Do you think USA Department of Justice and FBI based on what Mother Jones has published will investigate this matter?
I don’t know but serious questions remain, including why Muzin failed to report his activity accurately at first. I’d add, however, that he’s not the first to improperly report his work on behalf of a foreign interest. In 2006, for example, Berisha hired former U.S. Secretary of Homeland Security Tom Ridge as a consultant for $480,000 per year to help get full membership in NATO. Ridge failed to register his contract for 21 months, in violation of the law, and did so only after an investigation.
If USA Department of Justice and FBI will investigate further this matter how damaging it will be for Mr. Basha and DPA?
It depends what the investigation finds.
Why is Russia so keen to penetrate in Albania a NATO member after clear attempts to be influential in Montenegro and Macedonia?
Russia’s activity in Albania and the region reflects its renewed sense of power around the world. It’s an effort to exert influence in a strategic part of Europe, and to undermine western expansion. At the same time, Russia’s advance fills a void left by the West. The waning interest, weak foreign investment, internal divisions, and slow EU accession process opened the door for vodka to replace wine.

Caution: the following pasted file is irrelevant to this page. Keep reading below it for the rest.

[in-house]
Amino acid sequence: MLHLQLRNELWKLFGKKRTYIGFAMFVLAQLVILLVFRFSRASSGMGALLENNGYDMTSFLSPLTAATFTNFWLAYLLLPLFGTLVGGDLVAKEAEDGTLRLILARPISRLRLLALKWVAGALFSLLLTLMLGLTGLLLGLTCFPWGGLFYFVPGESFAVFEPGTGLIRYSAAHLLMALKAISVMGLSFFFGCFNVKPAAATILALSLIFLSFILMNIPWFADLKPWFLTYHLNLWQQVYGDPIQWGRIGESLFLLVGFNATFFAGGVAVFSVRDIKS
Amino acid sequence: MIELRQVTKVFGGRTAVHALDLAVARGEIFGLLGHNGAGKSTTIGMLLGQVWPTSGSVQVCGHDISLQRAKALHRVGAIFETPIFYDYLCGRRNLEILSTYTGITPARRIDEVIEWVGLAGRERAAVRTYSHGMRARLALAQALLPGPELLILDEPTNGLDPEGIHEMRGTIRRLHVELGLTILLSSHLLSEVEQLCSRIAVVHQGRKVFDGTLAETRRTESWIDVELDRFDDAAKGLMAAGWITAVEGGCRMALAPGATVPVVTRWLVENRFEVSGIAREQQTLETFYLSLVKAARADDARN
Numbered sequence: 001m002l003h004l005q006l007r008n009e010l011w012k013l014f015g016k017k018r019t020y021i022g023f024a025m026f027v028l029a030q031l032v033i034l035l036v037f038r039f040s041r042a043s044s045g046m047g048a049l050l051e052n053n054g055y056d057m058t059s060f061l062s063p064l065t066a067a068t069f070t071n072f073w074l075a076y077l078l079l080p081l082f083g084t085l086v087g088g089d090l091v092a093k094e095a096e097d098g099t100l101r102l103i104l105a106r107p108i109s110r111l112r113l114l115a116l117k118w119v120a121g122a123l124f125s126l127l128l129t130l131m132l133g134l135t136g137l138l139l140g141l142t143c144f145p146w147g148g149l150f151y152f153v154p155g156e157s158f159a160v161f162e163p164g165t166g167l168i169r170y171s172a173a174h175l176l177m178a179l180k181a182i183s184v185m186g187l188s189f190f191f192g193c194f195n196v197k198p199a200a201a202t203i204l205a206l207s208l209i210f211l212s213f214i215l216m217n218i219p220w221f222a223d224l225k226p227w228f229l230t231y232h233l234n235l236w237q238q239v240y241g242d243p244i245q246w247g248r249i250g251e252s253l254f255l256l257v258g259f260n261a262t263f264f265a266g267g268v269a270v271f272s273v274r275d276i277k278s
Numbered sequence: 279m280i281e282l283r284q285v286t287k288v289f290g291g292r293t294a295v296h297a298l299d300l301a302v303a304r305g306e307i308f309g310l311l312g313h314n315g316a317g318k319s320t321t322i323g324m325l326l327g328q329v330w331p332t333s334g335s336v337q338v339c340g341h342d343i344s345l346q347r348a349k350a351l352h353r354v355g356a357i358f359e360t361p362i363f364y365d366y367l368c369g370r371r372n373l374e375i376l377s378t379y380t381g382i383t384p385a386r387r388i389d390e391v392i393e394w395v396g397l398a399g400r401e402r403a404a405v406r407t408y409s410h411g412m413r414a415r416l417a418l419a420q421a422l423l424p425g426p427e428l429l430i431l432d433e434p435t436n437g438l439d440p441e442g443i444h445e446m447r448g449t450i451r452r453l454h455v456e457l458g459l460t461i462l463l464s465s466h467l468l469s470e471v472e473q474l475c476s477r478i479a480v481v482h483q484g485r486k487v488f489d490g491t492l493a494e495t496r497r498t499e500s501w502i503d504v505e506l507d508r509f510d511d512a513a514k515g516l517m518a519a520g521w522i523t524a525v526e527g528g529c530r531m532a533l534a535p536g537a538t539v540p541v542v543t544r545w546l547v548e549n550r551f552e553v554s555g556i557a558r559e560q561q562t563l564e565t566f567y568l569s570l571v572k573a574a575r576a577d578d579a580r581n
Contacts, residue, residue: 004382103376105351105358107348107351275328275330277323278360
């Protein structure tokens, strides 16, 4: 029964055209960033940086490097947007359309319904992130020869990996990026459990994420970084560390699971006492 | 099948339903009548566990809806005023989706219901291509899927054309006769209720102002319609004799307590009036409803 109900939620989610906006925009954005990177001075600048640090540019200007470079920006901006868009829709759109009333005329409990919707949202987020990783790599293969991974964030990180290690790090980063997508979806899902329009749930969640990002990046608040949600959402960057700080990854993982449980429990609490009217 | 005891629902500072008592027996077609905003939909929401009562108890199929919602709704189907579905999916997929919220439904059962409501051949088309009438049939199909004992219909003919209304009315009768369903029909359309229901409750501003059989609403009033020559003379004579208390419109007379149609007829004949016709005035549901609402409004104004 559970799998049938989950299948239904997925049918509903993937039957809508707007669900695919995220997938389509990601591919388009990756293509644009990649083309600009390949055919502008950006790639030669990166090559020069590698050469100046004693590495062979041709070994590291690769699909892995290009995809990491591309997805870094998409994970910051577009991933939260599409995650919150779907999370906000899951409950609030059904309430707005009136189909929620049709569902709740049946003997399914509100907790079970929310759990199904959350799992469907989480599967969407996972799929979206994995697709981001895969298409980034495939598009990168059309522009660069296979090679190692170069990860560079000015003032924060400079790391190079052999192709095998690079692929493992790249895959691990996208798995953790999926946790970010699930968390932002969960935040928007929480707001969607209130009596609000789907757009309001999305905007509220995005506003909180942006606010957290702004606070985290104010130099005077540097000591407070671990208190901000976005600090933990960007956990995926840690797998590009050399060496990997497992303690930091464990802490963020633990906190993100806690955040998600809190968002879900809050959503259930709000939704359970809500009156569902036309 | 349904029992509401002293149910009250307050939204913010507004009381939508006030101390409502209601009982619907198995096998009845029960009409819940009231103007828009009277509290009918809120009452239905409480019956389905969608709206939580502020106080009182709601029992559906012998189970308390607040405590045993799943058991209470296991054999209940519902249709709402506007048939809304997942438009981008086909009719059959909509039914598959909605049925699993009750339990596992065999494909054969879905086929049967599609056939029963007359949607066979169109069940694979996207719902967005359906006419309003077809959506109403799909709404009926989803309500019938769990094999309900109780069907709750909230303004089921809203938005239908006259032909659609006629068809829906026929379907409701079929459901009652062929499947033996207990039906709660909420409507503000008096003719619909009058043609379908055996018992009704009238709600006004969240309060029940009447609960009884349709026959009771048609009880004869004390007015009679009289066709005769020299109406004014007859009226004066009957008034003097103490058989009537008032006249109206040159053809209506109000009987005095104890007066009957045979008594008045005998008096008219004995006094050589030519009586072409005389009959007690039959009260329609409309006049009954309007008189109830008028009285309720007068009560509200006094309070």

The same is true for Turkey, firmly controlled by Erdogan and his family. Whether its financing mosques, building airports or hosting the prime minister at weddings, his influence in Albania and Kosovo is strong and deserves attention.
Do you have any information about other tools Russia is using to be as much as possible present in Albania even to interfere in political life?
It’s no secret that Russia has intensified its activities in the West Balkans in recent years, taking advantage of the West’s retreat and people’s disillusionment with democracy. This includes a propaganda and disinformation campaign, especially targeting Serbs, that promotes conspiracy theories and stokes inter-ethnic tension. The efforts in Albania appear to be more limited, given the country’s demographics and history, but there’s a steady Sazanization nonetheless.